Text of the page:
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In a sense, Samson is perhaps both the strongest and weakest man in the Bible. His incredible physical strength was overshadowed by a lack of willpower and self-control. His story serves as a warning to all. At the same time, God’s dealing with Samson can be a source of encouragement.

1. Samson is often viewed as a man who was ruled by passion and blinded by his infatuation with Delilah.

* Is passion a necessarily evil thing? Doesn’t the Song of Solomon celebrate the passion of romantic love–and if so, is it fair to call passion “folly,” as the title of this lesson does?

* Is there such a thing as love without passion?

* Should marriage be entered into as the result of logic and rationality, or should emotion and passion play a part in one’s decision for marriage?

2. Samson was set aside as a Nazirite from his birth. He seems to have no choice in the matter.

* What did it mean to be a Nazirite? Numbers 6:1-21 should be of help here.

* Does God still set aside people from birth and ordain them for a special work? Is this fair? Do such people have freedom to turn down the task that God has called them to?

* What role should parents have in deciding what their children will do?

* Do we have a modern day equivalent of the Nazirite vow? Should we?

3. Samson was called and equipped for a special work, yet he had spectacular personal failures.

It is also interesting that God still worked through Samson, who ruled/delivered Israel for 20 years.

* How should we respond when especially gifted leaders have moral failures? Do such failures automatically disqualify them from positions of leadership?

* If we notice character flaws and weaknesses in others–even leaders–how might we warn such a person before those defects turn into open sin? Is there a way to confront without condemning?

* Are spiritual leaders especially susceptible to sin? Are they special targets of Satan? If so, should their failures be viewed as less serious since they face more difficult temptations?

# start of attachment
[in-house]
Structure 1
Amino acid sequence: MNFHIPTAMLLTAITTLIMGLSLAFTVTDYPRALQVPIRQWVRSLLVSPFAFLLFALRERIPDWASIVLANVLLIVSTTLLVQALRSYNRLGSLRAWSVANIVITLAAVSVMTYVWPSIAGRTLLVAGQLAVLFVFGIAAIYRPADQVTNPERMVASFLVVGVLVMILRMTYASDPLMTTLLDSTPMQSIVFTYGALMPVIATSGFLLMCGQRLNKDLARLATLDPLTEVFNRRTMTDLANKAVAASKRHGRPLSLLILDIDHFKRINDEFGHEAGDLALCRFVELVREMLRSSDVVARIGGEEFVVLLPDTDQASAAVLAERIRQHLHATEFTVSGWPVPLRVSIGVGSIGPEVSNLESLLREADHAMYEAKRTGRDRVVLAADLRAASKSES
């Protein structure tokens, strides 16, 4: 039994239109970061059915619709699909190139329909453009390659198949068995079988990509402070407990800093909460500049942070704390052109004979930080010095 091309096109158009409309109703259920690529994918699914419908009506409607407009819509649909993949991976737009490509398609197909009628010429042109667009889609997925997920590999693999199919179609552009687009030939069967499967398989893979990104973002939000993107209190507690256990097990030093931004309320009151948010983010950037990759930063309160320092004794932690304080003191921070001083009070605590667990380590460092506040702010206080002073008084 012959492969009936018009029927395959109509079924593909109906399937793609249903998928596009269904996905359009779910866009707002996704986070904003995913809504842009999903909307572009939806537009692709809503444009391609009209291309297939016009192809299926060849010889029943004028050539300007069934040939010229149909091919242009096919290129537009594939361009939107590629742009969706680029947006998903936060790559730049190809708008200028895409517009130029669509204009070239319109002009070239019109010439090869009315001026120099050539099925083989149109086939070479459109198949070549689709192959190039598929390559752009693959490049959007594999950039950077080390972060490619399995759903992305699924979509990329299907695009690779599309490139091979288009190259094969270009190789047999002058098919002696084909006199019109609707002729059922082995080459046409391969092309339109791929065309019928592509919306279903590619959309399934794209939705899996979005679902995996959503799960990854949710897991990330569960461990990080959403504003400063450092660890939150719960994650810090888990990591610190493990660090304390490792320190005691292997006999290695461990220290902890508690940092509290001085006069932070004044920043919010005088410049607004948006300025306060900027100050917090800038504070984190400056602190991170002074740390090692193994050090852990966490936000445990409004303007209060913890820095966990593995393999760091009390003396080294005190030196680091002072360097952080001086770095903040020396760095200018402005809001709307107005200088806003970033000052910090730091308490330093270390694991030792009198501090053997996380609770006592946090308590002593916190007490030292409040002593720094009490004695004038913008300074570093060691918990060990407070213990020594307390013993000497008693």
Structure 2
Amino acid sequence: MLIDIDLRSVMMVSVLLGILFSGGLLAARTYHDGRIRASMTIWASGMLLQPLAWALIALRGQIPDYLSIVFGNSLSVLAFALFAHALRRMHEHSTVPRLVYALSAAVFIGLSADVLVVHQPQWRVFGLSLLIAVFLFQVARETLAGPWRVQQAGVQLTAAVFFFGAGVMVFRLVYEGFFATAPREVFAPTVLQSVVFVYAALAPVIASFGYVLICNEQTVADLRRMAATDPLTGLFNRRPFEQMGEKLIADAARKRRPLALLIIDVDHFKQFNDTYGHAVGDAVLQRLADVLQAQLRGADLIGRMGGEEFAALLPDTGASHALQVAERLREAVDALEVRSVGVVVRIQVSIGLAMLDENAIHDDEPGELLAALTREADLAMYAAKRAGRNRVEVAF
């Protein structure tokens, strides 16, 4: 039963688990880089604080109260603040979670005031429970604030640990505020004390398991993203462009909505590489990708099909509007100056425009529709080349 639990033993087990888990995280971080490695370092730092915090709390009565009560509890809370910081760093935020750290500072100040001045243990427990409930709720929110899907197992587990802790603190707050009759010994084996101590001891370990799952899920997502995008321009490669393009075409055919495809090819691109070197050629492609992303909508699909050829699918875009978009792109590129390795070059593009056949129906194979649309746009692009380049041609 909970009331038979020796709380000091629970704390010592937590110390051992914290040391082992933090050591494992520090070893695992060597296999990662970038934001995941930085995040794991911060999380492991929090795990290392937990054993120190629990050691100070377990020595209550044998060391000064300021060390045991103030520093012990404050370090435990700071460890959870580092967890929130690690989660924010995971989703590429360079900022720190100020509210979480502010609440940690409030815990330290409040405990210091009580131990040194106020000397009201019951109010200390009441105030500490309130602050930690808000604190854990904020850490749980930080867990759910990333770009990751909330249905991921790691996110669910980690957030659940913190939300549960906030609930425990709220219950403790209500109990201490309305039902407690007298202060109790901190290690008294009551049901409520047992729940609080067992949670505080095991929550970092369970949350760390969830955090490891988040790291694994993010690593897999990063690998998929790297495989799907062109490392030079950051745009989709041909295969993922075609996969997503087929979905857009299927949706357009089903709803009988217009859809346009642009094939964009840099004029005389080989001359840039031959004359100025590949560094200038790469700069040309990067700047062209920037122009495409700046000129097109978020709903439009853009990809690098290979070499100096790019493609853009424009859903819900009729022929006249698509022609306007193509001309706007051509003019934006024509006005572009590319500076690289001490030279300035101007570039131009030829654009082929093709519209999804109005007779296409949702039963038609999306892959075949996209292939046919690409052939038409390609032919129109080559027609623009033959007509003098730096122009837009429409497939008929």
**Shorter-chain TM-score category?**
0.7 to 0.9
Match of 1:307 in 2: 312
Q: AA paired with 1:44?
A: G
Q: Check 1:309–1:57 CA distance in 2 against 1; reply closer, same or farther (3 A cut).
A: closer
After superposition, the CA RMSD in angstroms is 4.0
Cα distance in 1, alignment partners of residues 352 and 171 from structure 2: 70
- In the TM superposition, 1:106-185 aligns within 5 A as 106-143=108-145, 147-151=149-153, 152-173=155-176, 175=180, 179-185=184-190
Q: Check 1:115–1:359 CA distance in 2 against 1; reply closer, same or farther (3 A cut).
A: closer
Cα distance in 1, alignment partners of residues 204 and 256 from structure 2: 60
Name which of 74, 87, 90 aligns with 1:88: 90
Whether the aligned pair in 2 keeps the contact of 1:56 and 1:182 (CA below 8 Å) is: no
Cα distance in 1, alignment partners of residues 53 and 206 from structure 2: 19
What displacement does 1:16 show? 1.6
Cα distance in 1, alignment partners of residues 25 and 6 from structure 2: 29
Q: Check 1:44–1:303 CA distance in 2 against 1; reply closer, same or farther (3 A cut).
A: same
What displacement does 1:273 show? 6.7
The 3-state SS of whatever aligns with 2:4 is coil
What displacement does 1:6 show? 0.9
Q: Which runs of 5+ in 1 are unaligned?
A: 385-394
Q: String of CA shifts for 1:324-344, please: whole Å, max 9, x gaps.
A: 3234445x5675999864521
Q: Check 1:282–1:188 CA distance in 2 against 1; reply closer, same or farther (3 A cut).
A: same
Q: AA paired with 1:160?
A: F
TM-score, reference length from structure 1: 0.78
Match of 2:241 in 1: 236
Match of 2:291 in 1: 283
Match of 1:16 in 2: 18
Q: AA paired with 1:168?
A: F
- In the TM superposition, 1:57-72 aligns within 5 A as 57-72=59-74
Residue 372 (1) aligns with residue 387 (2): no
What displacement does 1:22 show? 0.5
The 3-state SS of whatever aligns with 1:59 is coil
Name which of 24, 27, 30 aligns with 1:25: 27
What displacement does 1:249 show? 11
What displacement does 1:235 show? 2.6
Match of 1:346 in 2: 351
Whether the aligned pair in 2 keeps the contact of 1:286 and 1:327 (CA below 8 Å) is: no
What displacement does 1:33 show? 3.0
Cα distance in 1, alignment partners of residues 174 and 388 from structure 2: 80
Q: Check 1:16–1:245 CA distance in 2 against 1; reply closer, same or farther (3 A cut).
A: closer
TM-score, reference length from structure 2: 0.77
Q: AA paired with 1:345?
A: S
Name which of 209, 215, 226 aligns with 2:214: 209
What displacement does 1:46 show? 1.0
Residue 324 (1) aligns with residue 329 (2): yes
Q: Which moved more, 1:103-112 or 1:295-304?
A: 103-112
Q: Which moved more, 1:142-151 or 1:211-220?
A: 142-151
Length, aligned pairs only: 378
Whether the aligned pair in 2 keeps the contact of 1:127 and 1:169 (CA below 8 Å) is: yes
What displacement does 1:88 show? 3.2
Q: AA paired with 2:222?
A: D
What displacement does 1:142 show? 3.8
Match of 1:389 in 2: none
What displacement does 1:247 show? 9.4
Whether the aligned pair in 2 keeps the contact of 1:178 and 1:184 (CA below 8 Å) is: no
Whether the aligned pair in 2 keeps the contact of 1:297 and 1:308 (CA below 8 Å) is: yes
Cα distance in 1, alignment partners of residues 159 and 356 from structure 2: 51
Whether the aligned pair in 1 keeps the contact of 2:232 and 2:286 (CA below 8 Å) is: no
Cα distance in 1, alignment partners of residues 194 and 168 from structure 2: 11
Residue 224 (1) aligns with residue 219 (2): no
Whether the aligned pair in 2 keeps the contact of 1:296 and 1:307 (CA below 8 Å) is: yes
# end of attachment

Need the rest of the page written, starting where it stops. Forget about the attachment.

4. Samson failed repeatedly and miserably. Yet, in the midst of the agony he had created for himself, there is a note of hope–even a note of grace. Judges 16:21-22 notes that while grinding in prison, the hair on Samson head began to grow.

* What does this reveal about God’s calling and his grace in spite of human failure?

* In Hebrews 11:32, Samson is listed as a hero of faith alongside David, Samuel, and the prophets. How could he be viewed as a hero of faith? What did he do that marked him as a man of faith?

* Is Samson life about human faith or about God’s faithfulness?

5. Samson died by committing suicide, yet, as we noted, Hebrews 11:39 commends him for faith.

* Are there other examples of suicide in the Bible?

* It is easy to see that from the Philistine perspective, Samson might have been remembered as the equivalent as a terrorist suicide bomber. How is Samson’s action different?

* Does the manner of a person’s death indicate their eternal destiny? In other words, if a good person dies in the midst of an evil act, does that final act seal their destiny?

* If a person commits suicide, can we know that they are lost?

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